Does “Thou Shalt Not Lie” ring a bell? The Green Family, founders of Hobby Lobby, have been under federal investigation since a large shipment headed to their Oklahoma City address via Israel was intercepted by U.S. Customs officials in Memphis four years ago. The FedEx shipping label identified the contents as “hand-crafted clay tiles” valued around $300.
What was really inside?
Well, they were vaguely accurate. According to the Daily Beast, the shipment contained 200-300 ancient clay cuneiform script tablets from the Assyrian and Babylonian empires, which makes them thousands of years old. The modern day country of origin of these likely smuggled antiquities is Iraq. With certainty the shipment was listed far, far below value.
A senior law enforcement source with extensive knowledge of antiquities smuggling confirmed that these ancient artifacts had been purchased and were being imported by the deeply-religious owners of the crafting giant, the Green family of Oklahoma City. For the last four years, law enforcement sources tell The Daily Beast, the Greens have been under federal investigation for the illicit importation of cultural heritage from Iraq.
These tablets, like the other 40,000 or so ancient artifacts owned by the Green family, were destined for the Museum of the Bible, the giant new museum funded by the Greens, slated to open in Washington, D.C., in 2017. Both the seizure of the cuneiform tablets and the subsequent federal investigation were confirmed to us by Cary Summers, the president of the Museum of the Bible.
So, illegally acquiring the historical property of another country through lying and complete disregard for U.S. laws, Iraq’s laws, or the cultural heritage of their people — that’s biblically permissible to the Greens. However, if a woman wants to take a hormone that’ll prevent a fertilized egg from implanting in her uterine wall — why, she won’t have any association to this morally superior craft store! In retrospect, it’s interesting that the Hobby Lobby Supreme Court case to deny female employees health benefits to birth control was taking place at the same time as this smuggling investigation. The cognitive dissonance is a marvel with this family.
Summers down-played the severity of the investigation as if the customs paperwork had some errors.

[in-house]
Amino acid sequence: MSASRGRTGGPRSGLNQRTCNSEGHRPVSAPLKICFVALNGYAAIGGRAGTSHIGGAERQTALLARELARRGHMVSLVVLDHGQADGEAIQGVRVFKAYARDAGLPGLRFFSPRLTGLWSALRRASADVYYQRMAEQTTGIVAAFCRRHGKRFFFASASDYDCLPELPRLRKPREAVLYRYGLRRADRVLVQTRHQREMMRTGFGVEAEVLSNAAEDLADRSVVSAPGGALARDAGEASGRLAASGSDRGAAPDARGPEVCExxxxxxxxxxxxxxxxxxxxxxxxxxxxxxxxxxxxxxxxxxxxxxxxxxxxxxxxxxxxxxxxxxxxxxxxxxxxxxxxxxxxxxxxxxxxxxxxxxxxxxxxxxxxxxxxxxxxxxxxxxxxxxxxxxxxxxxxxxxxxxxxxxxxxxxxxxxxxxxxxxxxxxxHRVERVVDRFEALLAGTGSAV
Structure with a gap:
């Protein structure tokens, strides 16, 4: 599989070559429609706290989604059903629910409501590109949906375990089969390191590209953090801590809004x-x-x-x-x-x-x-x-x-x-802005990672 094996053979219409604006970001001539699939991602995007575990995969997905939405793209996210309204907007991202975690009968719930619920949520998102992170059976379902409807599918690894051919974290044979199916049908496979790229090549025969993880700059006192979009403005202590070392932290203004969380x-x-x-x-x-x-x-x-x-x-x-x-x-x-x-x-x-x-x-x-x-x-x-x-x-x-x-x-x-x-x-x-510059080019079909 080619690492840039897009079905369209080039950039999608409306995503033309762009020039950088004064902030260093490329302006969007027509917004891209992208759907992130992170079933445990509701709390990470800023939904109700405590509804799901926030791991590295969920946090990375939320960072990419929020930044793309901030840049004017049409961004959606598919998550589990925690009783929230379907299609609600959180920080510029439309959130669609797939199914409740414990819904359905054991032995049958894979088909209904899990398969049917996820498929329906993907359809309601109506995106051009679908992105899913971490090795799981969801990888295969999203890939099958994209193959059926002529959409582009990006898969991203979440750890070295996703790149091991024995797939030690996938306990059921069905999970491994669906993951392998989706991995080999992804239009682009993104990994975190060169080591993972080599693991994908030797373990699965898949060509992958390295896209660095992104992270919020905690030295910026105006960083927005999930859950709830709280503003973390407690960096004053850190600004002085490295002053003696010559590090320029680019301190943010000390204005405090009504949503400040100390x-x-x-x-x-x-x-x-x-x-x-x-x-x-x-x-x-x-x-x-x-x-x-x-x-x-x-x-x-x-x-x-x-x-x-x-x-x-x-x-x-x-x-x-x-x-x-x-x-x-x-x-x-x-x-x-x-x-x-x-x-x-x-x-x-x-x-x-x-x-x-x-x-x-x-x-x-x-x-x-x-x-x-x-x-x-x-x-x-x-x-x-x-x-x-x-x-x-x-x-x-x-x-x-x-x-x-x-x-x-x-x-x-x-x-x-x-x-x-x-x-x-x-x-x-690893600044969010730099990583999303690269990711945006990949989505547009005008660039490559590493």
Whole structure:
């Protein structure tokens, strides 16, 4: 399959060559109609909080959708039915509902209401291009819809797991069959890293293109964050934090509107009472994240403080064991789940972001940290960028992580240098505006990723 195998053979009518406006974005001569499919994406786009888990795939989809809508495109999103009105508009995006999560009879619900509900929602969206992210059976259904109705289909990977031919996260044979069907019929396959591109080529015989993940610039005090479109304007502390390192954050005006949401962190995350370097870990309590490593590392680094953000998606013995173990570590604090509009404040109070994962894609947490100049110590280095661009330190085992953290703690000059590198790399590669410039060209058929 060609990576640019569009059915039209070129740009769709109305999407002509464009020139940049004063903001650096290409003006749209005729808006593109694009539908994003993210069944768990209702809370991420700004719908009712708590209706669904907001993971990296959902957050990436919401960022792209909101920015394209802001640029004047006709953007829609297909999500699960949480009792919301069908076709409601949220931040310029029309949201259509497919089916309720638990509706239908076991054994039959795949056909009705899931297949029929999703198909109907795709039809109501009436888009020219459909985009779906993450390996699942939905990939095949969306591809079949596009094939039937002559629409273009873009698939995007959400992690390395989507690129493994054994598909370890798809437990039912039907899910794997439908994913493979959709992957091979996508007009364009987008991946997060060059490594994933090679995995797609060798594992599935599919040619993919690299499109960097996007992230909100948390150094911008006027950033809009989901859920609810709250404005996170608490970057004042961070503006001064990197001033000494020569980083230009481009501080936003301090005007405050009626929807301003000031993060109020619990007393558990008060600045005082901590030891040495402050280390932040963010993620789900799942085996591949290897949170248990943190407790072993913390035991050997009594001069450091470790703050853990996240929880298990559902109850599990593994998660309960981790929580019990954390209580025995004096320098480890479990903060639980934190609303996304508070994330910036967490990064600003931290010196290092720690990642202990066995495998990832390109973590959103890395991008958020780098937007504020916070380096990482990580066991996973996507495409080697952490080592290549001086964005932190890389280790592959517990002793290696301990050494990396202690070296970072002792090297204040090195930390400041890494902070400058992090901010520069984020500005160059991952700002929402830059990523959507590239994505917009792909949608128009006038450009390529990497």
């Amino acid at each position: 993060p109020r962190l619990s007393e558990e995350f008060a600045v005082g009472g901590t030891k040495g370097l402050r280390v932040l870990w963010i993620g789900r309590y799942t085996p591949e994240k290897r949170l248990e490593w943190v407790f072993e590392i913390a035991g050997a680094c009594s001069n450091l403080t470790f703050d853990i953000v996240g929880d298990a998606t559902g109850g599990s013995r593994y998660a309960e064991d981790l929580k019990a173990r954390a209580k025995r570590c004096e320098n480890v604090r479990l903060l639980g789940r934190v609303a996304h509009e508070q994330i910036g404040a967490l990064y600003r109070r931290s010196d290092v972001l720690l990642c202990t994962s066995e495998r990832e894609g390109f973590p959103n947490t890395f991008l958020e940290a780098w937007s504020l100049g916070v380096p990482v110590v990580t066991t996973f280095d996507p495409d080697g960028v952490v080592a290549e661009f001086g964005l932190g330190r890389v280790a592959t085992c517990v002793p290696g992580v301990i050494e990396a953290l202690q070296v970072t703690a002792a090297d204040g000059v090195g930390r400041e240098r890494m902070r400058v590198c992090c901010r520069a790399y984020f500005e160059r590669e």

“There was a shipment and it had improper paperwork — incomplete paperwork that was attached to it.”
But an anonymous source close to the investigation says law officials have collected hundreds of hours of interviews over the past four years. That’s a lot of man hours and taxpayer dollars to sort out a misplaced signature or such.
With an estimated 40,000 ancient artifacts set to be on display at the Museum of the Bible, is it likely that this is the only case that’s not ethically free and clear? It seems doubtful. Even by Hobby Lobby CEO Steve Green‘s own admission, it’s unclear. When asked if he may have some illegally-acquired antiquities in his family’s collection, Green responded:
“Is it possible that we have some illicit [artifacts]? That’s possible.”
We’ll have to wait for the investigation to conclude to know for sure, but based on how we treat the wealthy and powerful in our country, if found guilty, something tells me they’d be told to return the artifacts and charged a fine that would be equivocal to pocket change.
It seems we’re just seeing the all-too-common seedy underbelly of the enterprising American Christian. With an estimated worth of $4.5 billion dollars, the Green family can pay others do the dirty work — collecting artifacts by whatever means necessary — so they may stage a retelling of biblical history that makes 21st century privileged, bigoted, first-world citizens feel at ease. If any lies were knowingly told by the Greens, they’ll be coddled in the reassurance of ticket sales that it was for the greater good of spreading the word God.